The Anattalakkhana Sutta, the Discourse on the Not-Self Characteristic, is, by traditional accounts, the second discourse delivered by the Buddha, shortly after his first discourse setting the Wheel of the Dhamma in motion. His audience was the same five bhikkhus who had heard that first discourse in which the Buddha set the Wheel of the Dharma in motion. At the conclusion of that first discourse, the Venerable Aññakaṇdañña had attained Enlightenment, had become an arahant. This second discourse awakened the other four; the final line of the sutta summarizes the historical moment: “And there were then six arahants in the world.”
The term “anattalakkhana” is a compound. The first syllable “an” negates the meaning of what follows, as the “a” in our word “atheist”, or the “an” in “anarchy”. In the animistic theories that were held by many brahmins in the Buddha’s time, “atta” means “soul” : the permanent identity that exists separate and distinct from a person’s current worldly form and that continues to exist when that worldly form ends, transmigrating to a new worldly form. The new form, because it is informed by the same eternal soul, is in some significant way identical with the first form: it is the same Self. Finally, “lakkhana” means “sign” or “characteristic”, in the sense of evidence, or an identifying mark. So the name of the sutta can be translated, approximately and long-windedly, as “The evidence for the non-existence of an essential Self”.
In the Anattalakkhana Sutta, the Buddha leaves no doubt about what he thinks of the notion of such an entity—an eternal Self or soul. He examines all of the places where one might locate such a self—a person’s body, that person’s perceptions, feelings, ideas and conceptual formations, the consciousness itself, and he finds each of those incapable of providing the foundation for a permanent self or a soul. No matter where you look, you will see the same thing: “This is not mine; this is not what I am; this is not my self.”
But the Buddha’s intention here is not to engage in doctrinal dispute or to establish a point of view; as in practically every discourse, the purpose is to point the way to personal transformation. What’s important is not whether or not an essential Self exists, but that by abandoning the conceit of a permanent identity, one can get on with the business of cutting attachments, of ending the craving that is the essential condition for the dukkha that informs our lives. The five entities that the Buddha examines to see if any of them can support the notion of a Self, are form (the body), perceptions, feelings, conceptual formations, and consciousness; those are the same entities that the Buddha identified, in the first teaching, as “The Five Aggregates subject to clinging”, and he identified those as identical with dukkha. Only by abandoning craving with regard to the body, with regard to perceptions, with regard to feelings and ideas and consciousness, does one eliminate the condition that nourishes dukkha; only by abandoning any notion that what I feel to be my self depends, in any way, on the Five Aggregates, can one awaken to “the knowledge and vision of things as they are” which is the sufficient condition for Enlightenment. Thanissaro Bhikkhu has written an excellent essay on the Buddha’s “Not-Self Strategy”, in which he examines the Anattalakkhana Sutta with that understanding.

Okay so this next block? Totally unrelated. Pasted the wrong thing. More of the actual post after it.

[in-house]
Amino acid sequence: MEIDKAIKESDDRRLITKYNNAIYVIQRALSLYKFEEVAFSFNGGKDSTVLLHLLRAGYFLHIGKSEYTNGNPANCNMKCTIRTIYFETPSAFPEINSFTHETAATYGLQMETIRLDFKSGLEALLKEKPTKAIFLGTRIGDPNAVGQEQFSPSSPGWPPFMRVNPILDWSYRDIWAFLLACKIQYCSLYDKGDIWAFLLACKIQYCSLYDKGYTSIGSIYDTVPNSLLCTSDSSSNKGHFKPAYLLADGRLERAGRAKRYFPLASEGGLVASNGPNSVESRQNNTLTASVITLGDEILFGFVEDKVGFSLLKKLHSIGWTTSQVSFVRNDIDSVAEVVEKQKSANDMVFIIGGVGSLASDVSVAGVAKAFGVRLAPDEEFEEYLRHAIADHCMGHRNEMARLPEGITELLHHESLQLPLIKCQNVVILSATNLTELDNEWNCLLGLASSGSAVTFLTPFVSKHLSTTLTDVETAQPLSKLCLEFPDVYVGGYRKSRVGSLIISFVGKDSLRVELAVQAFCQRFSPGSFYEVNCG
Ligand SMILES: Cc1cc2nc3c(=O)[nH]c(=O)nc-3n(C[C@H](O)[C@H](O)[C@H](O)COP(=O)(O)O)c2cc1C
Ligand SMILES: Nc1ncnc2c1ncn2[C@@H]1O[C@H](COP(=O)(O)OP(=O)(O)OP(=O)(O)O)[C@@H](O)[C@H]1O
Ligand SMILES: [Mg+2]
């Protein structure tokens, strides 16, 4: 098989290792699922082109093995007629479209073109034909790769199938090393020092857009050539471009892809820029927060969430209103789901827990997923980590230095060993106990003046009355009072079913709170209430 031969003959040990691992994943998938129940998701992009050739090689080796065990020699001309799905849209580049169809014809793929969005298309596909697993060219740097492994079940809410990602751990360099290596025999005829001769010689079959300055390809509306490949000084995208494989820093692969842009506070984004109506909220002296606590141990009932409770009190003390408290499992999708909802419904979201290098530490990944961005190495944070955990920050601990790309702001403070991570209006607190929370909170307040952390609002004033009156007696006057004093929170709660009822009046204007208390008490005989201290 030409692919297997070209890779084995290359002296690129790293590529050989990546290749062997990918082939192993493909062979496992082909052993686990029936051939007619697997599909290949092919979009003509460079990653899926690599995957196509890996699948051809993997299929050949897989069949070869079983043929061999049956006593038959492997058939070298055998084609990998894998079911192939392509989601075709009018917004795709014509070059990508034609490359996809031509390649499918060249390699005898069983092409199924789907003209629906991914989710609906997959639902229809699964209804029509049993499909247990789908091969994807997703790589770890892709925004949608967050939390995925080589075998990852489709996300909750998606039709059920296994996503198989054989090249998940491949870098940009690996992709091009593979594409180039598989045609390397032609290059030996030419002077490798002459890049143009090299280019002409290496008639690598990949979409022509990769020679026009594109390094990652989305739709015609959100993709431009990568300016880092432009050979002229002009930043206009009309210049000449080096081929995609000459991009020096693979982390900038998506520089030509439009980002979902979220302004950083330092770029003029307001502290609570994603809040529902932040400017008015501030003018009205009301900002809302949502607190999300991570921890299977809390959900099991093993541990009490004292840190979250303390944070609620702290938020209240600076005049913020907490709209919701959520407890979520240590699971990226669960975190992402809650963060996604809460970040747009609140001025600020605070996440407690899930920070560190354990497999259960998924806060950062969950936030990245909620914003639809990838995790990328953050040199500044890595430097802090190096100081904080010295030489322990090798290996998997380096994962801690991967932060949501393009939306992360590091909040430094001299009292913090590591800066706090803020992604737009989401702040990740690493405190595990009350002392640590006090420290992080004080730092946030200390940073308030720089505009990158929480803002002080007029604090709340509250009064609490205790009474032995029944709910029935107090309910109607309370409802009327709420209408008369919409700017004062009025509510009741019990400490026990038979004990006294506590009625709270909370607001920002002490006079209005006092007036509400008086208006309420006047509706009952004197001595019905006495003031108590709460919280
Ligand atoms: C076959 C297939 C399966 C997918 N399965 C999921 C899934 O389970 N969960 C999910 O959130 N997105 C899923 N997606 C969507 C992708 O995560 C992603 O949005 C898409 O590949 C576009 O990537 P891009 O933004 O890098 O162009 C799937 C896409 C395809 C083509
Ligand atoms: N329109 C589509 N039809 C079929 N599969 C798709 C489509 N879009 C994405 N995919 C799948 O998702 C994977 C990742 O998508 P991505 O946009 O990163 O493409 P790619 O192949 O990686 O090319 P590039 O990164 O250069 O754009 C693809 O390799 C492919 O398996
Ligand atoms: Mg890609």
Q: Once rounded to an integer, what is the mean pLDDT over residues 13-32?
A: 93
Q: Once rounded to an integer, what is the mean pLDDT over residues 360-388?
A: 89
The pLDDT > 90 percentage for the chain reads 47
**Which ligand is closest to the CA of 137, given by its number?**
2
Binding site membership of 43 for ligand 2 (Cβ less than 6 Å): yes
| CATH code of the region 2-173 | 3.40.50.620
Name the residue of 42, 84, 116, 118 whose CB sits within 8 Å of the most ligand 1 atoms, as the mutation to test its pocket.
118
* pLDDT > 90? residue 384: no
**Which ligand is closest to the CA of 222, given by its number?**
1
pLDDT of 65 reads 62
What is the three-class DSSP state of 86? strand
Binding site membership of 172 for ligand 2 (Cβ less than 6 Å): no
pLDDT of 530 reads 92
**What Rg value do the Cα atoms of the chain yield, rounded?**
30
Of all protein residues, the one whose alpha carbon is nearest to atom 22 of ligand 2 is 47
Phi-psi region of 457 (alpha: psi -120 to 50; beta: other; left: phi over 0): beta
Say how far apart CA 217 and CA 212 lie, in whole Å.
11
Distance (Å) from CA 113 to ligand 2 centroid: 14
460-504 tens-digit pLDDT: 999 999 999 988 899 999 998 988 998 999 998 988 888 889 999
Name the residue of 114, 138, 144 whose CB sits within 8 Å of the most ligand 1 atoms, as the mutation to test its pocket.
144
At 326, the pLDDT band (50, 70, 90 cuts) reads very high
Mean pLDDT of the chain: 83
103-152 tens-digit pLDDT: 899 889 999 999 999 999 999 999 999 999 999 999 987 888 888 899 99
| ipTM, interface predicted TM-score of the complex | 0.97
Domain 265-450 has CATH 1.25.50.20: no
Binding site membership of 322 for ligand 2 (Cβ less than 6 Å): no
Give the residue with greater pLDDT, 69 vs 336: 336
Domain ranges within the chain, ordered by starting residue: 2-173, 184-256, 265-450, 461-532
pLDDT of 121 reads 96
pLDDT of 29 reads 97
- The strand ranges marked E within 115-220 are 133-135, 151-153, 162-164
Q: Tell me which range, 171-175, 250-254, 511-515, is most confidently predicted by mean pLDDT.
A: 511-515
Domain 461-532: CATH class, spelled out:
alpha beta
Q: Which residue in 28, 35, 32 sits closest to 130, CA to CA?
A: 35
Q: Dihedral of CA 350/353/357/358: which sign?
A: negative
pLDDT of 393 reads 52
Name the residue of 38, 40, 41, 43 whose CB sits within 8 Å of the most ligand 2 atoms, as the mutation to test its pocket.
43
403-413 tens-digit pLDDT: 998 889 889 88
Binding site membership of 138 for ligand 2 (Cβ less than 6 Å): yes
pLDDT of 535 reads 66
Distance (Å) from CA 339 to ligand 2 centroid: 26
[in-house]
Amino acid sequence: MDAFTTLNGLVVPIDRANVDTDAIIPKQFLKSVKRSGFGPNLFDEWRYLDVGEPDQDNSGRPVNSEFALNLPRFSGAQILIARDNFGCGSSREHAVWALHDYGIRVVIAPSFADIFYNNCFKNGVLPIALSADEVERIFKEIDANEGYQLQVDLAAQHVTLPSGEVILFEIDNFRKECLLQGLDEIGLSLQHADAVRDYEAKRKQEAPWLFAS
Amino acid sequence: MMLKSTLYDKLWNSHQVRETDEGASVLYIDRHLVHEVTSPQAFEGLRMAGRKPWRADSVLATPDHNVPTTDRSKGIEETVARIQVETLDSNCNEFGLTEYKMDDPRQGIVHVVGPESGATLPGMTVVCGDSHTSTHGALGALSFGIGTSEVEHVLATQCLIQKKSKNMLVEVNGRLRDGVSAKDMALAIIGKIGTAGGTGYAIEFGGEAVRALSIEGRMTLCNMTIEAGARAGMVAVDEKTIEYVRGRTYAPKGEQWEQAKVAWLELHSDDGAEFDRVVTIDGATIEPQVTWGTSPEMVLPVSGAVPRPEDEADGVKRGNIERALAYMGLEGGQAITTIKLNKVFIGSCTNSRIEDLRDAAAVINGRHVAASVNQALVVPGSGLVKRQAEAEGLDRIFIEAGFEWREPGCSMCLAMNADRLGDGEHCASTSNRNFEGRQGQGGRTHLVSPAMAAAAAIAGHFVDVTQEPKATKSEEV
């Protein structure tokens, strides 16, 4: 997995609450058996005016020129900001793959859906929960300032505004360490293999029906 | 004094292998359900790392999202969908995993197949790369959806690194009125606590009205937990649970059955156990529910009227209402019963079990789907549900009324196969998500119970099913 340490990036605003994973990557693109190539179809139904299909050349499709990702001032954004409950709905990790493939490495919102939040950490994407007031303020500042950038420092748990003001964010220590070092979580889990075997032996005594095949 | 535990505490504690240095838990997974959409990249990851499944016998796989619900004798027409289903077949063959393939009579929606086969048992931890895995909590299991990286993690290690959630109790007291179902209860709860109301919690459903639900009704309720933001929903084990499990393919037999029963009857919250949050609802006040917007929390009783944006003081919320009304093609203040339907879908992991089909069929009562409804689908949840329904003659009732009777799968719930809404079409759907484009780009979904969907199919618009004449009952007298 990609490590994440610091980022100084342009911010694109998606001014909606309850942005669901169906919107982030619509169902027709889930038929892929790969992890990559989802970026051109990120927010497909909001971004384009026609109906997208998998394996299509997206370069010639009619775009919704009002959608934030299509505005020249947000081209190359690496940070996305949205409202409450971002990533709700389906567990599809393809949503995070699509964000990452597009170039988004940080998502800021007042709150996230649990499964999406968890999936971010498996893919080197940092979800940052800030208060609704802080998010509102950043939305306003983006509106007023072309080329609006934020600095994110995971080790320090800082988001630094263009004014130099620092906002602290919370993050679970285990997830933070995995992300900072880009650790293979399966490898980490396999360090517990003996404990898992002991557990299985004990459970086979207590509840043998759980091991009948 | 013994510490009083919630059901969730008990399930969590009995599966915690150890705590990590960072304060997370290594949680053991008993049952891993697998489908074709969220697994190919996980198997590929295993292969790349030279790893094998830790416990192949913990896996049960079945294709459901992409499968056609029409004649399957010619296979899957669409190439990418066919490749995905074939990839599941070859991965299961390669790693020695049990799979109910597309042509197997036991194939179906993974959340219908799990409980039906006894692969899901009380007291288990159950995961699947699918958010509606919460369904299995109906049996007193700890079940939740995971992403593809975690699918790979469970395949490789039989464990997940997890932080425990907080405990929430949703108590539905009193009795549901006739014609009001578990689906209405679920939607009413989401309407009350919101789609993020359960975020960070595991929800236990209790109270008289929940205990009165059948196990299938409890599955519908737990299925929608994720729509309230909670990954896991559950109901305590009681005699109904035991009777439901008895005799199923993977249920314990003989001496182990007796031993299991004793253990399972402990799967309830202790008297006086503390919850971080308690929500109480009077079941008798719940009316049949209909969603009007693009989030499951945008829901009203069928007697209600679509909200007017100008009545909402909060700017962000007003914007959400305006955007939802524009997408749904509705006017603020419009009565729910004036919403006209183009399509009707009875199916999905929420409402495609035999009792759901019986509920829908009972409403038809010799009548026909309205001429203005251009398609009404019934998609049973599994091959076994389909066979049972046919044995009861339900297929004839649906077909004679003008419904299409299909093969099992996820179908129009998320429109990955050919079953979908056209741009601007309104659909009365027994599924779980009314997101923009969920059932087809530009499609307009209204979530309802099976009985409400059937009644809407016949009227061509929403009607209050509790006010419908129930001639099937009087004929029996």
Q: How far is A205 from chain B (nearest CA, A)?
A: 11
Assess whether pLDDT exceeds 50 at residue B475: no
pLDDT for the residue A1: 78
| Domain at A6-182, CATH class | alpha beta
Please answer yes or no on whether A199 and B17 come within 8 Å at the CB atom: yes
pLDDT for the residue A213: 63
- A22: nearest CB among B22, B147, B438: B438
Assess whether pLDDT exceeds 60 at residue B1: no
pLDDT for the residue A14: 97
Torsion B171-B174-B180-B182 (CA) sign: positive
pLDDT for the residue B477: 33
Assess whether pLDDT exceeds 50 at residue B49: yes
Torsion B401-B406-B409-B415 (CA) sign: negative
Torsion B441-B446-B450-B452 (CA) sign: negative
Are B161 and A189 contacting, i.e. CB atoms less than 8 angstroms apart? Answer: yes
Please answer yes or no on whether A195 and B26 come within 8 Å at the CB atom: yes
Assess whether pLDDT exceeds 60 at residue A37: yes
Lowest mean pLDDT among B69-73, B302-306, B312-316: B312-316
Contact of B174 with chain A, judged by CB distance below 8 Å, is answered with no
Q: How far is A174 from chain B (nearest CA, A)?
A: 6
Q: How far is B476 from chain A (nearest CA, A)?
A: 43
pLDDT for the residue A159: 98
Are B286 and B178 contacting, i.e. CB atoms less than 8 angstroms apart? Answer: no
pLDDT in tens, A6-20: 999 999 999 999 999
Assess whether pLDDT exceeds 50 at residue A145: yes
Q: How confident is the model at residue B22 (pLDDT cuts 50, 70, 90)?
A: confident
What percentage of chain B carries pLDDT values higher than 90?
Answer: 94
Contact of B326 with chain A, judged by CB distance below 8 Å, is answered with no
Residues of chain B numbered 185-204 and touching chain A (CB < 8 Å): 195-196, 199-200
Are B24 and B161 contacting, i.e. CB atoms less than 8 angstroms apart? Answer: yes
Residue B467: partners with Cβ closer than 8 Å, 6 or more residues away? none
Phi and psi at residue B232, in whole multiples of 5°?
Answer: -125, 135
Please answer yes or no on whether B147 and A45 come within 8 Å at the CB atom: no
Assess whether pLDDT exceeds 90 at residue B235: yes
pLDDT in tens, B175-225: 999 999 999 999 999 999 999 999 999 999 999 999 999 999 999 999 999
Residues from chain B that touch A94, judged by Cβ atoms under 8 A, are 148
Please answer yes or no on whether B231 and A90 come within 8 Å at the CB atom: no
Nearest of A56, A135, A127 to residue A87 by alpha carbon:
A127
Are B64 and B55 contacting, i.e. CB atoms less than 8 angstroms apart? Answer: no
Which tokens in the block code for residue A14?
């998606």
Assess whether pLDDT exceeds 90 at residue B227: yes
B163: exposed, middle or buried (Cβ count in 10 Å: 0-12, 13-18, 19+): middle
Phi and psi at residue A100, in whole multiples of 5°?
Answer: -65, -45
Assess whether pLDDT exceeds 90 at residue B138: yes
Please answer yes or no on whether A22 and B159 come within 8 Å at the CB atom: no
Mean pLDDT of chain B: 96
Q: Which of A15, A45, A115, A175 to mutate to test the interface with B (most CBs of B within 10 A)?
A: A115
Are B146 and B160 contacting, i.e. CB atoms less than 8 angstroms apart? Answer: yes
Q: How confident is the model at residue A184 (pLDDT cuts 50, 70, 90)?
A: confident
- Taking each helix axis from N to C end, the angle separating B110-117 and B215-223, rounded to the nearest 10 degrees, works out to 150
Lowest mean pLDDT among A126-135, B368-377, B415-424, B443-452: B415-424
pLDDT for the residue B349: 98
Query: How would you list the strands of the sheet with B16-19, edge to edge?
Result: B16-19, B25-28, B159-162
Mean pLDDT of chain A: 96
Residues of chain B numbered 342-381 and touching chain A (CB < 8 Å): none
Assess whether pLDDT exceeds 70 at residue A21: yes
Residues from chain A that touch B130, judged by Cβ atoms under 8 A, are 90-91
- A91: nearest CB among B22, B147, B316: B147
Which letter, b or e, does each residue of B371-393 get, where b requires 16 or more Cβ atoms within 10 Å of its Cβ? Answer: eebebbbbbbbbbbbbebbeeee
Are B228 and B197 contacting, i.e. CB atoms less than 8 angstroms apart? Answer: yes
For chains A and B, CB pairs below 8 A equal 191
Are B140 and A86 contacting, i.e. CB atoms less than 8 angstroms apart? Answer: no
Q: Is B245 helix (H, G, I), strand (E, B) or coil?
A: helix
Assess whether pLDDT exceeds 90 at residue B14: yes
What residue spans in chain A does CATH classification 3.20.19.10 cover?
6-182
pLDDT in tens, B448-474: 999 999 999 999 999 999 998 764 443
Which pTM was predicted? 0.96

As Thanissaro Bhikkhu demonstrates, the Buddha rejected both extreme views: the view that there is an eternal soul, and the view that there is nothing that lasts beyond this life. Both views, the former characterized as “Eternalism” and the latter as “Annihilationism”, were dismissed by the Buddha as “fetters”. Once again, the Buddha finds the Middle Way; while there is certainly no “soul” in the sense that the term was understood by Brahmanic animistic theory, the consequences of our kammic actions, just as certainly, persist in some way beyond our current lives, influencing the lives of those born after us. While we won’t get very deeply into the complex of notions regarding kamma and rebirth in this course, “The Teachings of the Buddha”, we will spend one class entirely on that topic in the course “Important Topics in Mainstream Buddhism”. If you are interested in pursuing these ideas, I’ve posted an essay I wrote on the subject for a dharma talk a couple of years ago.
The Online Pali-English Dictionary says of this theory of the Soul: “It is described in the Upanishads as a small creature, in shape like a man, dwelling in ordinary times in the heart. It escapes from the body in sleep or trance; when it returns to the body life and motion reappear. It escapes from the body at death, then continues to carry on an everlasting life of its own. “